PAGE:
Category: News

Top 5 Tips To Help You Combat Cyber-Related Crimes

Though October is Cyber Security Awareness Month, cyber scams are still on the rise. If you’ve noticed that you’ve been getting spam texts or phishy emails—you’re not alone. In fact, an uptick of complaints to FBI’s Internet Crime Complaint Center (IC3) were received. These include significant increase with both business and individual email compromise schemes or simply put, fraud perpetrated through email”, says Matt DeSarno, Special Agent in Charge of the FBI office in Dallas.

With that being said, top cyber security experts share their top 5 tips to help you combat cyber-related crimes.

TIP #1: REGULARLY BACK UP YOUR DATA

Back your files up to the cloud or a server that’s in a different location than where your computer is. Taking your data and just copying it in a different folder on the same computer is not going to work.

TIP #2: ALWAYS MAKE SURE THE SOFTWARE ON YOUR DEVICE IS UP-TO-DATE

Don’t ignore the pop-ups or reminders telling you to update, they’re there for a reason. Most people ignore these notifications and don’t realize that most of them are security updates.

TIP 3: THINK BEFORE YOU CLICK

If you receive emails from people whom you do not personally recognize or if their message somehow makes you suspicious, don’t open them. Right now more than ever, it’s critical to first ponder before you act. Scammers operate based on immediacy and fear, whether in the form of a call, text or email. They want you to respond fast without thinking.

TIP #4: MULTI-FACTOR AUTHENTICATION (MFA) IS ESSENTIAL

When it comes to protecting your accounts, MFA is vital and is not just an option you can forego. More websites are being compromised and being able to prove that you’re you in more ways than one is frankly critical at this point. If you have banks or other financial institutions that don’t offer multifactor authentication, you should bring your business somewhere else safer. 

TIP 5: EDUCATE YOURSELF

Be aware of what kinds of scams are out there. You can gather information from a lot of free online resources. Talk about it with your family and friends, especially grandparents and kids. Though kids are more likely to fall for scams, the elderly have more to lose because of their chance of being scammed for a higher amount. Loneliness is a big factor in being victimized too, as many elders fall into the trap of romance scams.

While these tips may seem basic, we should all take time to step up our game in keeping our information safe from scammers. #BeCyberSmart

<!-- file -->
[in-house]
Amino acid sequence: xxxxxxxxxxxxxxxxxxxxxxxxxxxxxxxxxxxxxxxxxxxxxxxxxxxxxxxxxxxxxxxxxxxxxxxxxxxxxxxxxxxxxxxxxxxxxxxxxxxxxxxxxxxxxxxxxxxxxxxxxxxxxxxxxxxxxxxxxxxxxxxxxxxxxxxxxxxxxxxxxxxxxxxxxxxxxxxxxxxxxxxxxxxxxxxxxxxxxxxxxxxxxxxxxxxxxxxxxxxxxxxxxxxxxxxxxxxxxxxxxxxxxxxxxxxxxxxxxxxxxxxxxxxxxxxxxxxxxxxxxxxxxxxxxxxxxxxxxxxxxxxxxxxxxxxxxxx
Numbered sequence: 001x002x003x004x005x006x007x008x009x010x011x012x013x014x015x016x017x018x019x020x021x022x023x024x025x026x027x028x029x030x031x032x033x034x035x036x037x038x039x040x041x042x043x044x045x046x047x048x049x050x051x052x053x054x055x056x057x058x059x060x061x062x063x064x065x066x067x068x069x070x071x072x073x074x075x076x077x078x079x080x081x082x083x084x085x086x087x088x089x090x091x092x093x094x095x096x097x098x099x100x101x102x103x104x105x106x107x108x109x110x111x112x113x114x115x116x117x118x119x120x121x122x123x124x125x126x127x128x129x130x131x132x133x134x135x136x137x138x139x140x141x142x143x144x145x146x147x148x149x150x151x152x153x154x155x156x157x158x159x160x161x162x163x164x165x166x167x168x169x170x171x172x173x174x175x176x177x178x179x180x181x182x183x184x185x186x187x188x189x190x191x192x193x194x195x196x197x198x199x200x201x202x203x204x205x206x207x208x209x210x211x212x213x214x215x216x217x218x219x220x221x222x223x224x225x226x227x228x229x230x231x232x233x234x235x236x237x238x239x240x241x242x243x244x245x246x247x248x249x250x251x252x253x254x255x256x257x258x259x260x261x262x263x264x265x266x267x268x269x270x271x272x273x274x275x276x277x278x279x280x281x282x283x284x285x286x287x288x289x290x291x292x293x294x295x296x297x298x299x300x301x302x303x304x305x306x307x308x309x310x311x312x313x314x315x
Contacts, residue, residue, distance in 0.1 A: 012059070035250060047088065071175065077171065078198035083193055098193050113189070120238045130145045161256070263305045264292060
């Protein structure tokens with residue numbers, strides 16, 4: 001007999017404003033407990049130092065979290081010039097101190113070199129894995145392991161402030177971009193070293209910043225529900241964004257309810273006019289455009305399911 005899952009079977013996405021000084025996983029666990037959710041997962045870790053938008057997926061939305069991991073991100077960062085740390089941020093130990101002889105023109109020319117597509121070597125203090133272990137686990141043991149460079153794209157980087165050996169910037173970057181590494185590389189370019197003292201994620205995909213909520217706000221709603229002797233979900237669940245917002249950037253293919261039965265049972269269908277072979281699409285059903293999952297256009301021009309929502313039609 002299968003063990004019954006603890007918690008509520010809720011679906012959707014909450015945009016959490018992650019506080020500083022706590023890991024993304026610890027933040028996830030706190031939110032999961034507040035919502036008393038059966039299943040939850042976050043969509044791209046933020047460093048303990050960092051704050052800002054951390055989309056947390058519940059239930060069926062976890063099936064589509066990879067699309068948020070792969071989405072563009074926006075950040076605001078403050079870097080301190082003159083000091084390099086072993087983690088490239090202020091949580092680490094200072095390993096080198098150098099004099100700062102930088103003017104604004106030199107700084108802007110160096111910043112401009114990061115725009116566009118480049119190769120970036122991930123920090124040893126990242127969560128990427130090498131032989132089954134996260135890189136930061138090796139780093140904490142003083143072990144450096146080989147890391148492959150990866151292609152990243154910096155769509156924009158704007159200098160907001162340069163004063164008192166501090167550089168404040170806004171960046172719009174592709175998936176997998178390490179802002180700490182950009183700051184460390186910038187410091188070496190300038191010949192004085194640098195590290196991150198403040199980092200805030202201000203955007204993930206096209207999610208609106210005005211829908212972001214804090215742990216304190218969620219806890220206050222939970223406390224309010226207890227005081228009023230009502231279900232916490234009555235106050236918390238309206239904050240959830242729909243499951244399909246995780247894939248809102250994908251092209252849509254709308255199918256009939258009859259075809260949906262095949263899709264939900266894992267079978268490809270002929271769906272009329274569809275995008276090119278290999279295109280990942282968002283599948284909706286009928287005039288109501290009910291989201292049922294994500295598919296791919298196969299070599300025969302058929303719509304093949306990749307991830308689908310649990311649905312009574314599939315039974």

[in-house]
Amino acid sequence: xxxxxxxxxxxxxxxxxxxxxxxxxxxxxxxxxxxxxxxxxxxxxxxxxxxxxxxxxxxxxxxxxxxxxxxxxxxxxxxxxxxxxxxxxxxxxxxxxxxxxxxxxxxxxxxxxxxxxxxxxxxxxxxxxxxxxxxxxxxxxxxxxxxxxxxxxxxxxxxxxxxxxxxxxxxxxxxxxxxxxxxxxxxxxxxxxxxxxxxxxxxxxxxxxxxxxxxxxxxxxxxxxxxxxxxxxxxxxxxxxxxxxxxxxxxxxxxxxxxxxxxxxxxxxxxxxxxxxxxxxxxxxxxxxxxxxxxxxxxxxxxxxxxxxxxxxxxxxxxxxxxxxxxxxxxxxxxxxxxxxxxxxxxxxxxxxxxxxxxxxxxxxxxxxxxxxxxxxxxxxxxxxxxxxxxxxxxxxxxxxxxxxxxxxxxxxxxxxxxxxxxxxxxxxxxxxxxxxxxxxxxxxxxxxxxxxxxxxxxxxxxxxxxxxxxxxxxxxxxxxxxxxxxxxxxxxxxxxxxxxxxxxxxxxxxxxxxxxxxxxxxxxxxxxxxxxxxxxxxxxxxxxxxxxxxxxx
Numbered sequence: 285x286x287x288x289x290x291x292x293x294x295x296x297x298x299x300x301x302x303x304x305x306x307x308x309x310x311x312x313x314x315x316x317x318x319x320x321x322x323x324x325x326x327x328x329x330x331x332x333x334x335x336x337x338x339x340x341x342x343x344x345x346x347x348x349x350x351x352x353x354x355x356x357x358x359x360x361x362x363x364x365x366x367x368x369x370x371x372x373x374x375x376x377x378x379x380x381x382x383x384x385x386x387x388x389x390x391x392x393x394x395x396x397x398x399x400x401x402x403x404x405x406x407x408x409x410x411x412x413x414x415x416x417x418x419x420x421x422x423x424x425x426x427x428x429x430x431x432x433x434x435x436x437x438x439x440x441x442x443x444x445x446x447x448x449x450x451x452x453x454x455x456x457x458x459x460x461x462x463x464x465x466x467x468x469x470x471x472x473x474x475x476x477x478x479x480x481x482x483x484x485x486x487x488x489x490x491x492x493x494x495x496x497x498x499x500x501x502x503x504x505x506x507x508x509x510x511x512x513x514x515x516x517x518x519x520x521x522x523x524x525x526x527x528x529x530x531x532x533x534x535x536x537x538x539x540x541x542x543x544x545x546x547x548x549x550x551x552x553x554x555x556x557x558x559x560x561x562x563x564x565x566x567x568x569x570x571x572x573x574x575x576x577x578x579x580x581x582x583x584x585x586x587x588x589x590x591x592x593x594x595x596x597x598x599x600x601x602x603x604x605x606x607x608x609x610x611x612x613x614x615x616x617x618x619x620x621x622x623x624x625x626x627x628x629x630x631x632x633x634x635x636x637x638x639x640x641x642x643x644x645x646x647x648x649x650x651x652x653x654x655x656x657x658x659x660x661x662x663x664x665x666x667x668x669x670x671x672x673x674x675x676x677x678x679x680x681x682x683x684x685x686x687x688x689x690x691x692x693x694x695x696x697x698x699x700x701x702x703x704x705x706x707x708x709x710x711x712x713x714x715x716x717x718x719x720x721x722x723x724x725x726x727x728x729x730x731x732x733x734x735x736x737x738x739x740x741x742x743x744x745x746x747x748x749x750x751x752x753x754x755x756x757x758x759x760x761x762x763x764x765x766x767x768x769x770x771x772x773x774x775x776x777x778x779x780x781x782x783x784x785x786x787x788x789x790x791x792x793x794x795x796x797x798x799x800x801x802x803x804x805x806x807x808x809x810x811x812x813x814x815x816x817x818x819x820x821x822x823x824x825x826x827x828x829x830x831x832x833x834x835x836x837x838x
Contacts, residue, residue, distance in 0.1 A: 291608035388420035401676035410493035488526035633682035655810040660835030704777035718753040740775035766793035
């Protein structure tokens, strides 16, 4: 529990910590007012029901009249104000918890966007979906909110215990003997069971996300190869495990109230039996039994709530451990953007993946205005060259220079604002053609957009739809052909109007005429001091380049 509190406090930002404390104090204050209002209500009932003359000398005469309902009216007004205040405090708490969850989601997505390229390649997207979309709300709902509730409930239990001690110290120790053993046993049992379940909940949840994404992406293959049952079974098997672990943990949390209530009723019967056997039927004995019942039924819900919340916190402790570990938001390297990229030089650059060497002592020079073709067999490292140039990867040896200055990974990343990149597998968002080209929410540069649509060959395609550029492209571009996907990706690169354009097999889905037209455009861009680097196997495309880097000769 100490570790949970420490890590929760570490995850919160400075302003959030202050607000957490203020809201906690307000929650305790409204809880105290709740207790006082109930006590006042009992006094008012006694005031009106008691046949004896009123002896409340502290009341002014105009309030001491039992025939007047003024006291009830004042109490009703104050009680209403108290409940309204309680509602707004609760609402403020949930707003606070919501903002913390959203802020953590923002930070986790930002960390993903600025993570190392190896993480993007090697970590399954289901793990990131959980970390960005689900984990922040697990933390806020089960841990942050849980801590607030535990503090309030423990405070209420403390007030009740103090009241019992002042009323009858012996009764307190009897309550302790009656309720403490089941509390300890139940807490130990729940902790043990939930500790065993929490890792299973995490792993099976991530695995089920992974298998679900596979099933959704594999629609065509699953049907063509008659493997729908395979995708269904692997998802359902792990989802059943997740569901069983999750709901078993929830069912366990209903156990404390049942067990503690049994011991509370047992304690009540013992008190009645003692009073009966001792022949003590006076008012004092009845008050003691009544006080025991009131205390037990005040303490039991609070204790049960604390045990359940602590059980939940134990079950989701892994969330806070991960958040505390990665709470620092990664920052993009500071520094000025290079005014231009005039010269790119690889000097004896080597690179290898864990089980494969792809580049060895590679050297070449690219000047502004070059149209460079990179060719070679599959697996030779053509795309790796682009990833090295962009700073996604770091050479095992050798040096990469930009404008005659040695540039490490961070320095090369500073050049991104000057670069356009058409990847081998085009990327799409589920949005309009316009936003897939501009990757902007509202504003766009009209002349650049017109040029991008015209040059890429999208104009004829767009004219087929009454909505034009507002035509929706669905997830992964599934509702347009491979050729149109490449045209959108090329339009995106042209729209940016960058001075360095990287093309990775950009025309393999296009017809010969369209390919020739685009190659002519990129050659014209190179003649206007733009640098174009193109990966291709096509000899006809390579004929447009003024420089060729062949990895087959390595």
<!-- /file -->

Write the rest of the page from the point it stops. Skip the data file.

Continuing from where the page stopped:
October is Cyber Security Awareness Month

Cyber security has always been vital but we need to make a conscious effort of learning how to keep ourselves safe as the fine line between our online and offline lives is indistinguishable. Protecting yourself online — your identity, data, and devices — is critical in today’s world where the internet is prevalent in nearly every aspect of our lives. More and more people rely on the internet for financial services, business and social connection and of course work and daily tasks.

National Cyber Security Awareness Month, now in its eighteenth year, encourages individuals, businesses and institutions to take time to educate themselves about cyber risks and online safety practices. This year’s theme is “Do your Part, Be Cyber Smart”.

Since its inception, Cybersecurity Awareness month has grown exponentially, reaching consumers, small and medium-sized businesses, corporations, educational institutions and others across the U.S. 

This year alone, ransomware attacks involved schools, healthcare organizations, fuel pipelines, food suppliers, and several organizations, often resulting in disruptions that have impacted public health, the supply chain, plus national and economic safety and security.

Some facts and figures of cybersecurity risk:

• 88% of data breaches are caused by human error. (Tessian)

• The average total cost of a data breach in 2020 was $3.86 million and took an average of 280 days to identify and contain. (IBM)

• The use of new breach techniques has boomed as a result of the COVID-19 pandemic, with 35% of breaches having leveraged new techniques in 2020. (Cynet)